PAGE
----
According to this article, many employers are abandoning their old-school emphasis on stereotypical male qualities like being assertive. Instead, they are now more focused on looking for great people skills, a quality more often associated with female employees.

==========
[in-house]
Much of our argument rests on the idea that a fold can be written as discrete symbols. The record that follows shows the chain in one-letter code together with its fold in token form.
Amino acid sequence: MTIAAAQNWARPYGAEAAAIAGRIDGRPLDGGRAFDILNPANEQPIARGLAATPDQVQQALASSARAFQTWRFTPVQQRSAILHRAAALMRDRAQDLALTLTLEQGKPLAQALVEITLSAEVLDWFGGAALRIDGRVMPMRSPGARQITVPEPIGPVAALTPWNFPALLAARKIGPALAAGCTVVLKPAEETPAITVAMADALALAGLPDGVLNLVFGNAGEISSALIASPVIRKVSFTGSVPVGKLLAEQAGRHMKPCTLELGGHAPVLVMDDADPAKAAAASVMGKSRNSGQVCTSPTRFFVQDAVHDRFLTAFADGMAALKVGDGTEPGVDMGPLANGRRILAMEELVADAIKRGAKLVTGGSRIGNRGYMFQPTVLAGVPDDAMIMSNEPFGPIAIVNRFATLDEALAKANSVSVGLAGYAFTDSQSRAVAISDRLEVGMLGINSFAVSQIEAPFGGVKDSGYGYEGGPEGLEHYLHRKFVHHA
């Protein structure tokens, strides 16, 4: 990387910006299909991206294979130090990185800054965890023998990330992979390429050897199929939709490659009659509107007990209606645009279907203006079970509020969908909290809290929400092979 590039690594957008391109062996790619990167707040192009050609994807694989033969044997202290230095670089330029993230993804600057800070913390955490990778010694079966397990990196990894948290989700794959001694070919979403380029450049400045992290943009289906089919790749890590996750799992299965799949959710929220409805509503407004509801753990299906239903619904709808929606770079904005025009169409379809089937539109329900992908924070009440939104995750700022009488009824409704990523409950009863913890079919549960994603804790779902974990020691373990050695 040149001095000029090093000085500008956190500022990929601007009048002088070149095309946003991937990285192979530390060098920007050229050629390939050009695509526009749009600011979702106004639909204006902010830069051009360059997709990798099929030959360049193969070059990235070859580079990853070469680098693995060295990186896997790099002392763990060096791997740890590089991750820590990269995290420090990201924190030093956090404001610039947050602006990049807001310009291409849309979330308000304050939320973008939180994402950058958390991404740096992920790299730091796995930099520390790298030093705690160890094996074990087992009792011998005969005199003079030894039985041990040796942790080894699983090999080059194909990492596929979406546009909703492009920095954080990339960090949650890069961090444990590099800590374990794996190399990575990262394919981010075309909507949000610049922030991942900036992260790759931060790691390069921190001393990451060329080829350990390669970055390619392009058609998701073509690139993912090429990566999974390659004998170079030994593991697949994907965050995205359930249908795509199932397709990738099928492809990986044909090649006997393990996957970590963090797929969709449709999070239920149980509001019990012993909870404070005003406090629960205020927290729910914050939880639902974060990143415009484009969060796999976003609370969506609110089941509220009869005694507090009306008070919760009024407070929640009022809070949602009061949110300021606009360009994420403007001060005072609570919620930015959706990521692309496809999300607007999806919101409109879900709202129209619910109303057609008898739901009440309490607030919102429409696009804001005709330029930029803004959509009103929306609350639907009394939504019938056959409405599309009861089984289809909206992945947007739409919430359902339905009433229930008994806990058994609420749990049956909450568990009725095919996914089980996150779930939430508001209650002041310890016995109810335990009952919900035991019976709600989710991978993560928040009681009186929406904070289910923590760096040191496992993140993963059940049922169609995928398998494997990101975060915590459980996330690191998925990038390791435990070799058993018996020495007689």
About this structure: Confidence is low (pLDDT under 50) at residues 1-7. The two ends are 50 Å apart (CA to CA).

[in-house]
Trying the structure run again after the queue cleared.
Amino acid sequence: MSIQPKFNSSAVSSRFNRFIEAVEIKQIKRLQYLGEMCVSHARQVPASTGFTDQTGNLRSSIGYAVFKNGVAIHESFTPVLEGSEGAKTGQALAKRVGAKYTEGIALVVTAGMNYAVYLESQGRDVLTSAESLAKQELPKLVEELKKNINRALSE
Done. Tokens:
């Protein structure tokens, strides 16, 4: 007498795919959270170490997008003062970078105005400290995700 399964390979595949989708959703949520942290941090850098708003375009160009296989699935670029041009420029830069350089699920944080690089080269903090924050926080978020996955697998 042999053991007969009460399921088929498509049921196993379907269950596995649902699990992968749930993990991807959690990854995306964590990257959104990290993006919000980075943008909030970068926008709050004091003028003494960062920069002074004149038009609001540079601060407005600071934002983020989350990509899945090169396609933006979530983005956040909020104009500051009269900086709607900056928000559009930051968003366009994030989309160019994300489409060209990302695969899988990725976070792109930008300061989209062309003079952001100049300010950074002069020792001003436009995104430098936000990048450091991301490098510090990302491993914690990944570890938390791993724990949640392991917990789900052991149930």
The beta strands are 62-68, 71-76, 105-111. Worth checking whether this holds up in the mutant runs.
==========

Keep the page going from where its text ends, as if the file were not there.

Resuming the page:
Sounds good, but it's not necessarily making it easier for women to advance. The article cites a study by Lawrence Glick, a professor of psychology at Lawrence University in Wisconsin, in which "subjects were asked to rate job applicants vying for a managerial position. Women perceived as being more competitive were deemed competent for the job but also less sociable than other candidates, and thus less hirable. Competent men, however, were described as hirable even if they weren't socially adept."